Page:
The secret tax lives of unit trusts
It’s not uncommon for property investors to use unit trusts to invest in property, especially when multiple investors are involved. In the old days, unit trusts were used prolifically because superannuation funds couldn’t directly borrow so investors would subscribe for units in unit trusts that would borrow as a way to step around the issue.
While the arrival of the in-house asset rules rendered this arrangement no longer effective, unit trusts are still quite popular as a vehicle to undertake property investments.
Unit trusts offer a reasonable degree of asset protection if the units are held by a safe entity and are easily transferable, providing flexibility in admitting or retiring investors.
However, one should be aware there would be stamp duty on unit transfers and the transfer duty on the units is generally calculated with reference to the gross value of the assets of the trust without accounting for the liabilities associated with the assets.
In respect of the annual profits of the trust, a unit trust would normally distribute profits to unit holders every year because retaining them would expose profits to the highest marginal tax rate in the hands of the trustee by default.
Despite the lack of ability to retain profits, a unit trust has the ability to pass on ‘tax sheltered income’ to the investors.
For instance, while a unit trust may claim depreciation and capital works deductions associated with a property investment, these deductions are not ‘real’ cash expenditure.
Therefore, the unit trust would generally have a lower taxable income to distribute than its cash profits, rendering the difference a ‘non-assessable amount’ in the hands of the investors.
While investors are required to reduce the cost base of their units by these non-assessable amounts, to the extent that the cost base hasn’t been exhausted, the excess cash profit isn’t immediately taxable.
From a capital gains tax perspective, unit trusts are eligible to apply the 50% CGT discount if the relevant asset has been held by the trust for at least 12 months before it’s sold.
Companies are not entitled to this discount at all. The same applies to the disposal of the units in the unit trust – provided the units are not held by a company, the CGT discount would generally apply to any capital gain derived on the units if they’ve been held for at least 12 months.
So, are unit trusts the tax magic bullet for property investors? Before you start setting up unit trusts left, right, and centre to invest in property, consider a unit trust that’s set up to hold a commercial property for rent for a single unit holder with the following parameters:
Cost base of the property (including building expenditure) = $5,000,000
Cost base of the units in the unit trust = $5,000,000
Annual rent = $500,000
Annual capital works deduction claim = $25,000
Annual rental costs (including interest) = $100,000
After the first year, the trust would have a net cash balance of $400,000 ($500,000 – $100,000) to distribute to the unit holder.
While the unit holder would receive a cash profit of $400,000, taxable profit would only be $375,000 due to the capital works deduction claim.
Under the capital gains tax rules, the amount by which the cash distributed exceeds the taxable profit, being $25,000 in this case, would reduce the cost base of both the property and units in the unit trust for tax purposes.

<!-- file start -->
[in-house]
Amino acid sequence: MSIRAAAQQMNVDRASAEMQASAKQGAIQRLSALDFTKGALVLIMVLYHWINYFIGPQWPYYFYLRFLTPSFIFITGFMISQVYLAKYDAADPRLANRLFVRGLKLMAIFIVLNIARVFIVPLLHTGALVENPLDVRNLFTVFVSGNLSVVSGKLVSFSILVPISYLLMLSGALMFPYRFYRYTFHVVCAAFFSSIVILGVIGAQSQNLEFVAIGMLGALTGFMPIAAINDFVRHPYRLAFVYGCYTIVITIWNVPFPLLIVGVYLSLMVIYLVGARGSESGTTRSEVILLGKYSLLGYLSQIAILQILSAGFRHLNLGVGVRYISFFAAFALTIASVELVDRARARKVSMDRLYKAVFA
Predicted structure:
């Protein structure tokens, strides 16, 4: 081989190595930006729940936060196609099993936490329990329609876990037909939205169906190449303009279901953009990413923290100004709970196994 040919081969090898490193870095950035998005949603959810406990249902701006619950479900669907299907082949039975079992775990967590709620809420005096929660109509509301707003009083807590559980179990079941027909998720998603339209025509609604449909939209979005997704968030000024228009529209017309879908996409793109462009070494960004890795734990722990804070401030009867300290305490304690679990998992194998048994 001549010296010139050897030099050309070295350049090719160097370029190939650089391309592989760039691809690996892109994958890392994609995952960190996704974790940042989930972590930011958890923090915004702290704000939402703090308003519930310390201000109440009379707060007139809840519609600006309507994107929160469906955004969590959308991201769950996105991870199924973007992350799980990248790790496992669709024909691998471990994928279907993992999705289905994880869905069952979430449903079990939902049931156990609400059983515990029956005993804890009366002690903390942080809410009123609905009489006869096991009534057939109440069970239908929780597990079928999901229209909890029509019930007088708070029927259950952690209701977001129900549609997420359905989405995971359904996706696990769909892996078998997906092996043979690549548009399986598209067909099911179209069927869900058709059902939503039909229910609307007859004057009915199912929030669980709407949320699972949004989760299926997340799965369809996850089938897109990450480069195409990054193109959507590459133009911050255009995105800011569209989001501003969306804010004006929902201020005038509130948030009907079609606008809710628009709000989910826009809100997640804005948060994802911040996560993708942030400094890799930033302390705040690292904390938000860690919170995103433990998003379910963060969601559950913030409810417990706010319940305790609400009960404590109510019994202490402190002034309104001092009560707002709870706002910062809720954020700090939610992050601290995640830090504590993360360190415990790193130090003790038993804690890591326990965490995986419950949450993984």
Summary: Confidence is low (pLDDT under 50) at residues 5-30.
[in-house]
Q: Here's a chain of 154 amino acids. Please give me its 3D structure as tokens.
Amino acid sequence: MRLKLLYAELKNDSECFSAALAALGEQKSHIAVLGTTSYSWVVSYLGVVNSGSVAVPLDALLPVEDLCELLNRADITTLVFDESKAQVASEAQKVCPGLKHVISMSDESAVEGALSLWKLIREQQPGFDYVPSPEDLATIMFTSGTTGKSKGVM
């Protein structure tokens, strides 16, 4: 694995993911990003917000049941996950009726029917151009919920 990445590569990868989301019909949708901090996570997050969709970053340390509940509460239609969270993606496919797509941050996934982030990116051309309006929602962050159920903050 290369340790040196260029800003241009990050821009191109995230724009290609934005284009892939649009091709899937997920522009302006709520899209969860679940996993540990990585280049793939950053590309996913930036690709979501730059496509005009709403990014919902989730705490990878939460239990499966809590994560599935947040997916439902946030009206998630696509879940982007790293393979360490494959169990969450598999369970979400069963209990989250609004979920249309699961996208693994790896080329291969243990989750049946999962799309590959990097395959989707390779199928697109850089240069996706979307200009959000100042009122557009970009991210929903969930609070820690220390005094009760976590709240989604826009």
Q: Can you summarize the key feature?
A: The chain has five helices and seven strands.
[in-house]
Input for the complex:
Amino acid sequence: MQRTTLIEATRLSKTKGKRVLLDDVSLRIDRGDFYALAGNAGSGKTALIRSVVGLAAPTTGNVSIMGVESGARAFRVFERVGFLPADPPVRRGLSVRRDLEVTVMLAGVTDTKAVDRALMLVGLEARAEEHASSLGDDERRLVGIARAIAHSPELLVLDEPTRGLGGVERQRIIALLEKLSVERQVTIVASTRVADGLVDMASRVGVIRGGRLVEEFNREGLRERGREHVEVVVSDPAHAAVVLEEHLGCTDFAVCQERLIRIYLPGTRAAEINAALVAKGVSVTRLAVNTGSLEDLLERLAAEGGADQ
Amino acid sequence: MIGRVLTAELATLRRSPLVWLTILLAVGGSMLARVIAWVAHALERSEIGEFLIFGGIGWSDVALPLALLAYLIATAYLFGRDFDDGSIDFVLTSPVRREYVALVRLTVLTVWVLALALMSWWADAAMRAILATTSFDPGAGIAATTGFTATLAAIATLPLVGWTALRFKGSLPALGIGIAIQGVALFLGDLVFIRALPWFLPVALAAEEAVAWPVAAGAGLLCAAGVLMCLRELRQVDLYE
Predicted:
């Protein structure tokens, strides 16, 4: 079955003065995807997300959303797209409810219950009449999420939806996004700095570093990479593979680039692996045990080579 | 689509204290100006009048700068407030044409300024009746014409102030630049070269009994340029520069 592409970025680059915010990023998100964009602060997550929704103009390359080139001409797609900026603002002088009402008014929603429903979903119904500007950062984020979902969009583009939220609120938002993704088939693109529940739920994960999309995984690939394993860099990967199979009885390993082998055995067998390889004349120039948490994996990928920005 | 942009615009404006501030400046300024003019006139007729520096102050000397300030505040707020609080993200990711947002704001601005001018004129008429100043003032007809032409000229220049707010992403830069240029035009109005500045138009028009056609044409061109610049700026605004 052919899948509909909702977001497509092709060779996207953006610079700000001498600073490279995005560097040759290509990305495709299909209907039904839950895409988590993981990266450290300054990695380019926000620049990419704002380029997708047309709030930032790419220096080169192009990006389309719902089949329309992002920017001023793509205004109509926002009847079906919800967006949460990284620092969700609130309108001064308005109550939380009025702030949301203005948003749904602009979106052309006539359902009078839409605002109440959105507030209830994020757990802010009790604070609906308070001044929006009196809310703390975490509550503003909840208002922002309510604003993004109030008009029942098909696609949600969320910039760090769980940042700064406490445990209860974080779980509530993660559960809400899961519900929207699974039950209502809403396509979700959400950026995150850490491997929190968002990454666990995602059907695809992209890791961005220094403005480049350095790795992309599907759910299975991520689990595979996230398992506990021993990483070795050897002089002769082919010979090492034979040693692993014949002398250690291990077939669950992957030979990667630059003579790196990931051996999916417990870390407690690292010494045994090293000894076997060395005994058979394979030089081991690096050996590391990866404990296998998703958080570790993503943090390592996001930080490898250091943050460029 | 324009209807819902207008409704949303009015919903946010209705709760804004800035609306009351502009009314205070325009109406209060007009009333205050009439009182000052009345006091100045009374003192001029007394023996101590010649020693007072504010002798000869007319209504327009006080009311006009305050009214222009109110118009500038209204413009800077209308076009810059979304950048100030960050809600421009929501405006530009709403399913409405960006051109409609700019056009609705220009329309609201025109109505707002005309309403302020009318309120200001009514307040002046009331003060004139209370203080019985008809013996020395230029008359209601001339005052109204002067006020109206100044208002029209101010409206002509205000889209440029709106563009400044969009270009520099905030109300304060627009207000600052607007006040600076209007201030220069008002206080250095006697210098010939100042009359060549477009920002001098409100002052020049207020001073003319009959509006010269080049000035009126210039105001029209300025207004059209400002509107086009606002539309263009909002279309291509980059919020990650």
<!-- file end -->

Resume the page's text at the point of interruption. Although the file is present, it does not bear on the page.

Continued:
Using the figures above, the cost base of the property in the trust would now be reduced to $4,975,000 ($5,000,000 – $25,000), which is the same as the cost base of the units in the unit holder’s hands.
Let’s say a good deal comes along and the units trust sells the property at the end of the year for $6,000,000. The capital gain made by the trust would be $1,025,000 ($6,000,000 – $4,975,000) – reduced cost base.
Putting aside net rental profit, one would have thought that this would be the only taxing point associated with the sale of the property, which isn’t true.
What the unit holder probably doesn’t realise is that the recoupment of the accumulated capital works deduction by way of the cost base reduction of the property in the trust has been repeated in the hands of the unit holder.
This is because the cost base of the units was also reduced previously when the unit holder received the tax-deferred amount representing the capital works deduction of $25,000.
Therefore, while the unit holder would get back $5,000,000 on the redemption of the units, the cost base of the units has actually been reduced to $4,975,000, meaning the redemption of the units would give rise to a second lot of capital gain of $25,000.
Under the current law, there’s nothing to prevent this double taxation issue from arising but at least you’re now aware of this dirty little secret of unit trusts.
Important disclaimer: No person should rely on the contents of this article without first obtaining advice from a qualified professional person. This article is provided on the terms and understanding that the author and BDO Services Pty Ltd are not responsible for the results of any actions taken on the basis of information in this article, nor for any error in or omission from this article. The article is provided for general information only and the author and BDO Services Pty Ltd are not engaged to render professional advice or services through this article. The author and BDO Services Pty Ltd expressly disclaim all and any liability and responsibility to any person in respect of anything, and of the consequences of anything, done or omitted to be done by any such person in reliance, whether wholly or partially, upon the whole or any part of the contents of this article.